Monday, December 12, 2011

0n the fourth day of Christmas... true love gave to me
four pairs of pinking shears...

They aren't glamorous and its even hard to photograph them to look exciting.   Does anyone even use pinking shears today?   In my house, family members will take them from the sewing room and use them when they can't find a regular pair of scissors.  For those of you who love your scissors, I know you can find comfort in my anxiety that one day they might take my good pair of Gingher shears to violate their sharp accurate blades on coupon clipping or present wrapping. 

Today I'm not sure if households even have a pair of pinking shears.  The serrated wheel on the rotary cutter or a serger have doomed their existence.   Pinking sheers were indispensable when I was learning to sew.  If your sewing machine didn't have a zig-zag function your pattern pieces were usually "pinked" to help tame the edges from raveling away the seam allowance.   To me their blades seemed to dull quickly making cutting out patterns difficult resulting in your hands getting blisters from the handles.  Of course the blades may have dulled quickly because they found their way to cutting paper.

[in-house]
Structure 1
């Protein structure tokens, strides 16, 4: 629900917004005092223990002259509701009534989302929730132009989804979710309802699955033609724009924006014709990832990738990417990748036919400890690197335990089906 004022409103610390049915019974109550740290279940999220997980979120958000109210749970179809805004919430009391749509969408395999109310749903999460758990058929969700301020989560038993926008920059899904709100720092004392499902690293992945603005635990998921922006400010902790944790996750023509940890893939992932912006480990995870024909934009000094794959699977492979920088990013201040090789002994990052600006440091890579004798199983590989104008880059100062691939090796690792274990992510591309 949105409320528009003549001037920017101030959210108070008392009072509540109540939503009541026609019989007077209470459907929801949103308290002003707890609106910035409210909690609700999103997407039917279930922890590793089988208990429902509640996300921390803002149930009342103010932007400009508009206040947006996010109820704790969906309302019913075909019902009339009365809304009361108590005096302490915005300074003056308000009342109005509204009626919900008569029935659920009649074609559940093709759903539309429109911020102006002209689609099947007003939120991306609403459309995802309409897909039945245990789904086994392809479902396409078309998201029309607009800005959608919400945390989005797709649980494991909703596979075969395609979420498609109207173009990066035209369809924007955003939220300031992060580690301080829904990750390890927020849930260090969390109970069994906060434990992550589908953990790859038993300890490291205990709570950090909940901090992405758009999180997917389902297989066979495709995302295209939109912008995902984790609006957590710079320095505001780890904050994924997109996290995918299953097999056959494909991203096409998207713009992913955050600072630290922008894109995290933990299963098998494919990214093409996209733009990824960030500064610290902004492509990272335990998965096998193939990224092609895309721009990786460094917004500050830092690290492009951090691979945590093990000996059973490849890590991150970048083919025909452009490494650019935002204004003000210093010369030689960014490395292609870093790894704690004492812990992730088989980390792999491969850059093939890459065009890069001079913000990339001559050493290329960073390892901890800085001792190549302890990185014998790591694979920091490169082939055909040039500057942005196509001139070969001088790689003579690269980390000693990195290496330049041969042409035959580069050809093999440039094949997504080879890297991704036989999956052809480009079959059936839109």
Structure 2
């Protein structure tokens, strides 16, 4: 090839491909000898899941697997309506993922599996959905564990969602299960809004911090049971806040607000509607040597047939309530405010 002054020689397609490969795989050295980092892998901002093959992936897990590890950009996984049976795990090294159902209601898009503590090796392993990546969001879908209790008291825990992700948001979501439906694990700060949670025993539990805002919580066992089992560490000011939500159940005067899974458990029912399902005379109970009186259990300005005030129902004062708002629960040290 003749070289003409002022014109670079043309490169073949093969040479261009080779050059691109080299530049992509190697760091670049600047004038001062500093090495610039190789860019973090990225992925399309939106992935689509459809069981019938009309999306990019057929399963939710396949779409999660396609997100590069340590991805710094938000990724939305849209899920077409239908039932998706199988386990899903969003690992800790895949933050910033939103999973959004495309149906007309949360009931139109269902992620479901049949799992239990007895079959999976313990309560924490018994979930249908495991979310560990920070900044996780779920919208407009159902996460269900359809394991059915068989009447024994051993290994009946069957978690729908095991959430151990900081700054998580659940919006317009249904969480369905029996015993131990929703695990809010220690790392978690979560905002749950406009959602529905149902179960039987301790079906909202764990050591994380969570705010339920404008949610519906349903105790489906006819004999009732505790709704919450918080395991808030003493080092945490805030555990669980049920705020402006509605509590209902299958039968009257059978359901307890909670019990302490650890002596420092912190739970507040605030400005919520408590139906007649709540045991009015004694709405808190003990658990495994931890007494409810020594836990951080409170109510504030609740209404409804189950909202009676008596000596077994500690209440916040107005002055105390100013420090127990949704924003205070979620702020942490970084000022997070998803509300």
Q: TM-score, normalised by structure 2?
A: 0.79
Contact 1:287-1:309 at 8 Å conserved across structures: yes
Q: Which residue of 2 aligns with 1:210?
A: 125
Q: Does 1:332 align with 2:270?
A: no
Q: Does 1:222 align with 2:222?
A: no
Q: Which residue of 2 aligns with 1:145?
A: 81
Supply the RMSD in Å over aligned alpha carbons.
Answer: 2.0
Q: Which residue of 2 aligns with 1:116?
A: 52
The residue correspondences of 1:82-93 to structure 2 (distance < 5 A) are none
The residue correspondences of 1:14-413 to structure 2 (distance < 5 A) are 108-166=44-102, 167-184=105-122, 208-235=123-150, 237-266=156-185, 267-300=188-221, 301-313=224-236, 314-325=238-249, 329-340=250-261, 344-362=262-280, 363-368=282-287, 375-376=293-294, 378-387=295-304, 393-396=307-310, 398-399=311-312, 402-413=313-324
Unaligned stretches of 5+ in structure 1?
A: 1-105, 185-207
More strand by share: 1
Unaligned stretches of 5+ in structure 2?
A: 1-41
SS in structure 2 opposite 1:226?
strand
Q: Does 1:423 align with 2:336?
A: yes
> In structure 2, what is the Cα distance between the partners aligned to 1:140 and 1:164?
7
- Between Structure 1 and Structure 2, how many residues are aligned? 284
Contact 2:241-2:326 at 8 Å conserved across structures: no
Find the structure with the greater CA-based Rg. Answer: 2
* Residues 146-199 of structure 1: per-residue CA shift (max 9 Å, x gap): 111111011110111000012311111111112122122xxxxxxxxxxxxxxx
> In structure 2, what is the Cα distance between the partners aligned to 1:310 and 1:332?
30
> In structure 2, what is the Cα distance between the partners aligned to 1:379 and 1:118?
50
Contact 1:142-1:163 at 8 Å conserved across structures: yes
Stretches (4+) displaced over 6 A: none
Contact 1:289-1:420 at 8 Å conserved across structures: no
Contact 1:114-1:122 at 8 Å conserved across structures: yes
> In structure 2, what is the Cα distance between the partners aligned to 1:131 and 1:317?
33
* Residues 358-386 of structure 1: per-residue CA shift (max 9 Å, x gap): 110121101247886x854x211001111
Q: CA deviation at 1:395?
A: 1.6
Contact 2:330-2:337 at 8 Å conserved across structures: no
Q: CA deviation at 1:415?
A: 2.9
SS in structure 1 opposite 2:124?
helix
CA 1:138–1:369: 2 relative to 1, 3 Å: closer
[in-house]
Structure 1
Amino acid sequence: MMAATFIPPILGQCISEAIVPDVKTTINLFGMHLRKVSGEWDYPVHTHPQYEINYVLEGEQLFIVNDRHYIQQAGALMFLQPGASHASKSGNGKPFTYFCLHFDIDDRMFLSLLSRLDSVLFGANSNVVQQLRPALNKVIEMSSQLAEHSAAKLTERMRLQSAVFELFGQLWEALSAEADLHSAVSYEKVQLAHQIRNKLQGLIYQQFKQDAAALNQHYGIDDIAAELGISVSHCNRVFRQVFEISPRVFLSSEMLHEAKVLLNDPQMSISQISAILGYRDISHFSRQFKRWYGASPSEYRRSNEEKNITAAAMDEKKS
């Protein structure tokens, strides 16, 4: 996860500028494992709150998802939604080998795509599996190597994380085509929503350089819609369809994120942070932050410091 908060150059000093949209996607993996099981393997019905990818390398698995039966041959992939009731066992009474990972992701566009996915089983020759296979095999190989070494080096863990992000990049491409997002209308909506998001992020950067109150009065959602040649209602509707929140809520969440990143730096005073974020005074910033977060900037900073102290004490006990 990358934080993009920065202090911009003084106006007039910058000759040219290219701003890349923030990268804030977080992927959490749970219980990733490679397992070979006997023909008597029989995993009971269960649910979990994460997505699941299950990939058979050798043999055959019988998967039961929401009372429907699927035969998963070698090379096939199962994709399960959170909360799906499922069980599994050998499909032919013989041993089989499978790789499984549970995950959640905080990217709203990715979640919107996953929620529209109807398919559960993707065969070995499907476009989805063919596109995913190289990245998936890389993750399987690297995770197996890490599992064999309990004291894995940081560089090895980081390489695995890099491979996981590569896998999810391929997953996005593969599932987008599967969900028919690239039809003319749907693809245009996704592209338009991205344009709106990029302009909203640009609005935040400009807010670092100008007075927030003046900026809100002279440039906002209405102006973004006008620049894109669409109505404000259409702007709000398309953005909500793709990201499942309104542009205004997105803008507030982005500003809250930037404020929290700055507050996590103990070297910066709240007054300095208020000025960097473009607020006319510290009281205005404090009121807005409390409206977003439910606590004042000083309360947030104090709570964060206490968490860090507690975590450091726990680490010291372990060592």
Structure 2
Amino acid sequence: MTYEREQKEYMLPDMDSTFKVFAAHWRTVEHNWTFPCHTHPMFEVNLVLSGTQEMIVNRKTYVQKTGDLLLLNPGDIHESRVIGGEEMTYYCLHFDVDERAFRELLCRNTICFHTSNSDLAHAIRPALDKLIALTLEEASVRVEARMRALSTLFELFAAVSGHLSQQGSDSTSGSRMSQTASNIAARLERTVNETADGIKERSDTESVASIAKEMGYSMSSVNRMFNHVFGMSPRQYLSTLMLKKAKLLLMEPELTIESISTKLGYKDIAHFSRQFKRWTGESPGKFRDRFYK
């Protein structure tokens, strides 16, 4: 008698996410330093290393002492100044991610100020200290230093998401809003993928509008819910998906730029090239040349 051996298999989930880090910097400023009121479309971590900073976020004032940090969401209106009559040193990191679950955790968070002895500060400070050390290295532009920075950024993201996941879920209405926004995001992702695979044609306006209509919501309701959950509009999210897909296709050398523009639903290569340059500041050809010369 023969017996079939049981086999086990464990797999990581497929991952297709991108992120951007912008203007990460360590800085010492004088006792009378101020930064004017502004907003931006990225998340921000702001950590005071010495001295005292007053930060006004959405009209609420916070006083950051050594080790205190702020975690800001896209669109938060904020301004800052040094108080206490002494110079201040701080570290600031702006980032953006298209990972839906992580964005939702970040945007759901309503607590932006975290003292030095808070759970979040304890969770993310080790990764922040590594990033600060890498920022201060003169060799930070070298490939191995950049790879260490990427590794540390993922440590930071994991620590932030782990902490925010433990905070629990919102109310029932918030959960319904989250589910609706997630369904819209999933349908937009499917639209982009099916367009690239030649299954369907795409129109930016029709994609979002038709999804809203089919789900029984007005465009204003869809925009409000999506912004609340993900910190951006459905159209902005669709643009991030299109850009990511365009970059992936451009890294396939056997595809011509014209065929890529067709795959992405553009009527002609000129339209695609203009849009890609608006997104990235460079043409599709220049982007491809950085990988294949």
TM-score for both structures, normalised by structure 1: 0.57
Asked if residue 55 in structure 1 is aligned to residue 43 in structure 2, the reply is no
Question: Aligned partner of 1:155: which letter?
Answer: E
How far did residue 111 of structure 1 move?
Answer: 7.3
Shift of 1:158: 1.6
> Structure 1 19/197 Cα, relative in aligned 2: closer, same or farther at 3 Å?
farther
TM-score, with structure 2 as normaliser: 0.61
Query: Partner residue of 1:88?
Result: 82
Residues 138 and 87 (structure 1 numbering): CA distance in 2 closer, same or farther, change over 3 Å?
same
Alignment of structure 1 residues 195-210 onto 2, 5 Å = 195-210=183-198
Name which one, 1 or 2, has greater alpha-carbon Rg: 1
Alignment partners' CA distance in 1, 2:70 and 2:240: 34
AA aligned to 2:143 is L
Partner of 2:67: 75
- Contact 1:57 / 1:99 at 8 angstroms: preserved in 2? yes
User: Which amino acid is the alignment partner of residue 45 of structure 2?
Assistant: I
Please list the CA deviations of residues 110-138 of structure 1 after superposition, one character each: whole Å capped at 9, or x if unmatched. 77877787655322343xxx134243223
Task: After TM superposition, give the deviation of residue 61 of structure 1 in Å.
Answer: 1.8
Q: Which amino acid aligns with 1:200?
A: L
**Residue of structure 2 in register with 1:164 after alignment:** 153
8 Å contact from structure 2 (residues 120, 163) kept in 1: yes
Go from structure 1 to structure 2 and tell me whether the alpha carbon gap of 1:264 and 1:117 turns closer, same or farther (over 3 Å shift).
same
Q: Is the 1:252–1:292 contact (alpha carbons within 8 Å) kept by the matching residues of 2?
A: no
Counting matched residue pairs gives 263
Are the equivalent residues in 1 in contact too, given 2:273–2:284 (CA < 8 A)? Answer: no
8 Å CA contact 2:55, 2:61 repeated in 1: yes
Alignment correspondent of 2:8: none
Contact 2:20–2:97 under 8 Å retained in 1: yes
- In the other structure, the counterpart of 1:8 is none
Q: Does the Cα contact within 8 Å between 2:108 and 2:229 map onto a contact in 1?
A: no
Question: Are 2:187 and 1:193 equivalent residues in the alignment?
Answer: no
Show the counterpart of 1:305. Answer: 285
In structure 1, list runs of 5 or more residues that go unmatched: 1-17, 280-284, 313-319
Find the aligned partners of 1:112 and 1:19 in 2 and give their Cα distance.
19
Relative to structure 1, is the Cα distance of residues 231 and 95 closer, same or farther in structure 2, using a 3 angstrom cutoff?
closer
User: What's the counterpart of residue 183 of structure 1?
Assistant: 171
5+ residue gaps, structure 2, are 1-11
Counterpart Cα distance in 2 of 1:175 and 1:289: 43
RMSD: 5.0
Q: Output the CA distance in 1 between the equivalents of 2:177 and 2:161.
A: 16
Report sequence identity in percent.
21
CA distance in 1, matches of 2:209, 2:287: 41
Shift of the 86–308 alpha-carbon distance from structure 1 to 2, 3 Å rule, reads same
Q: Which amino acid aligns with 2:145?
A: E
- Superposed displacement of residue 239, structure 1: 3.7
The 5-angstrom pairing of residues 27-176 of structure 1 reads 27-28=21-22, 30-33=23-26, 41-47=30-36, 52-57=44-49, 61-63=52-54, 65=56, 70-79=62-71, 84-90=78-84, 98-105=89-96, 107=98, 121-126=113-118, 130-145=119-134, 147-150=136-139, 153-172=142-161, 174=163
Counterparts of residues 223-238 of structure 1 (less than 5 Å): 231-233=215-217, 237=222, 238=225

Pinking shears have only been on the market for the last hundred years as they were first invented and patented in 1893 by Louise Austin, of Whatcom, Washington.   However, I have observed on historical clothing from the 19th century an embellishment created with an edge that was "pinked".  I observed this mainly on black mourning dresses which were void of extravagant embellishments.

One inch strips of the black dress fabric (taffeta or silk) would have both raw edges pinked.  These pinked strips would then have a running stitch down the center.  The running stitch would be pulled   gathering the fabric strip which would then be applied to the bodice front or whereever some design interest was needed.  It was a very effective way to adding some interest without purchasing additional lace.  

Well, here's to you pinking shears before you fade from use and Webster's dictionary.



  1. you were always strict to keep away from your scissors......

  2. You listened, its the guy with the mustache that didn't! BTW, I do have a new pair of pinking shears if you would like them!

  3. I've managed to accumulate more pairs of pinking shears than I need (they seem to be a staple of those big sewing box lots) - my favorites are an old pair that have scallops instead of zig-zags.

  4. Barbara, have you ever considered doing a Christmas tree in those pinking shears and other vintage sewing supplies?